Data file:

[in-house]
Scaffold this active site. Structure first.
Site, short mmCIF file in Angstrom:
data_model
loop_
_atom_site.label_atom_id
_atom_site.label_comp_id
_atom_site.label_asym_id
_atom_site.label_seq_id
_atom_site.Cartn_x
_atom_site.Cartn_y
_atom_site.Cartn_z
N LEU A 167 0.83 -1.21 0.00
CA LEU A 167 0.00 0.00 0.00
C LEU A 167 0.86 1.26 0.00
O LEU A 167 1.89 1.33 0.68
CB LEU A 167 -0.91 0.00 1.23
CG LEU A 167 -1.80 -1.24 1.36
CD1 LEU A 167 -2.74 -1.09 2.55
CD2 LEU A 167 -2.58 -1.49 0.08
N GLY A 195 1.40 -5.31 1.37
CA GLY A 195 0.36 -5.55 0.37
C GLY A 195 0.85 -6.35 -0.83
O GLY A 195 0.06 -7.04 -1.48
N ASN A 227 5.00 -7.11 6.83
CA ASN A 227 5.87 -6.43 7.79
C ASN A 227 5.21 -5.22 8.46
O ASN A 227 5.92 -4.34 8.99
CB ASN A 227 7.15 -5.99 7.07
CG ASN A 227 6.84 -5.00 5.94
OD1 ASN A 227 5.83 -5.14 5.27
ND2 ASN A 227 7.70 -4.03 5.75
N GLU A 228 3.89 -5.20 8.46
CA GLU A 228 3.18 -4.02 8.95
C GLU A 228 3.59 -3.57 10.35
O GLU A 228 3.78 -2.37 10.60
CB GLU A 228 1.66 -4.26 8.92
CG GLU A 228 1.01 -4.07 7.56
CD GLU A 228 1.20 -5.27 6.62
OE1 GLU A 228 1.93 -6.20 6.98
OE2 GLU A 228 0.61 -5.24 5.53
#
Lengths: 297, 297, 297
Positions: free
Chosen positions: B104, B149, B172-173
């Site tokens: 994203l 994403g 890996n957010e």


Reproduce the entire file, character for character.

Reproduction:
[in-house]
Scaffold this active site. Structure first.
Site, short mmCIF file in Angstrom:
data_model
loop_
_atom_site.label_atom_id
_atom_site.label_comp_id
_atom_site.label_asym_id
_atom_site.label_seq_id
_atom_site.Cartn_x
_atom_site.Cartn_y
_atom_site.Cartn_z
N LEU A 167 0.83 -1.21 0.00
CA LEU A 167 0.00 0.00 0.00
C LEU A 167 0.86 1.26 0.00
O LEU A 167 1.89 1.33 0.68
CB LEU A 167 -0.91 0.00 1.23
CG LEU A 167 -1.80 -1.24 1.36
CD1 LEU A 167 -2.74 -1.09 2.55
CD2 LEU A 167 -2.58 -1.49 0.08
N GLY A 195 1.40 -5.31 1.37
CA GLY A 195 0.36 -5.55 0.37
C GLY A 195 0.85 -6.35 -0.83
O GLY A 195 0.06 -7.04 -1.48
N ASN A 227 5.00 -7.11 6.83
CA ASN A 227 5.87 -6.43 7.79
C ASN A 227 5.21 -5.22 8.46
O ASN A 227 5.92 -4.34 8.99
CB ASN A 227 7.15 -5.99 7.07
CG ASN A 227 6.84 -5.00 5.94
OD1 ASN A 227 5.83 -5.14 5.27
ND2 ASN A 227 7.70 -4.03 5.75
N GLU A 228 3.89 -5.20 8.46
CA GLU A 228 3.18 -4.02 8.95
C GLU A 228 3.59 -3.57 10.35
O GLU A 228 3.78 -2.37 10.60
CB GLU A 228 1.66 -4.26 8.92
CG GLU A 228 1.01 -4.07 7.56
CD GLU A 228 1.20 -5.27 6.62
OE1 GLU A 228 1.93 -6.20 6.98
OE2 GLU A 228 0.61 -5.24 5.53
#
Lengths: 297, 297, 297
Positions: free
Chosen positions: B104, B149, B172-173
């Site tokens: 994203l 994403g 890996n957010e």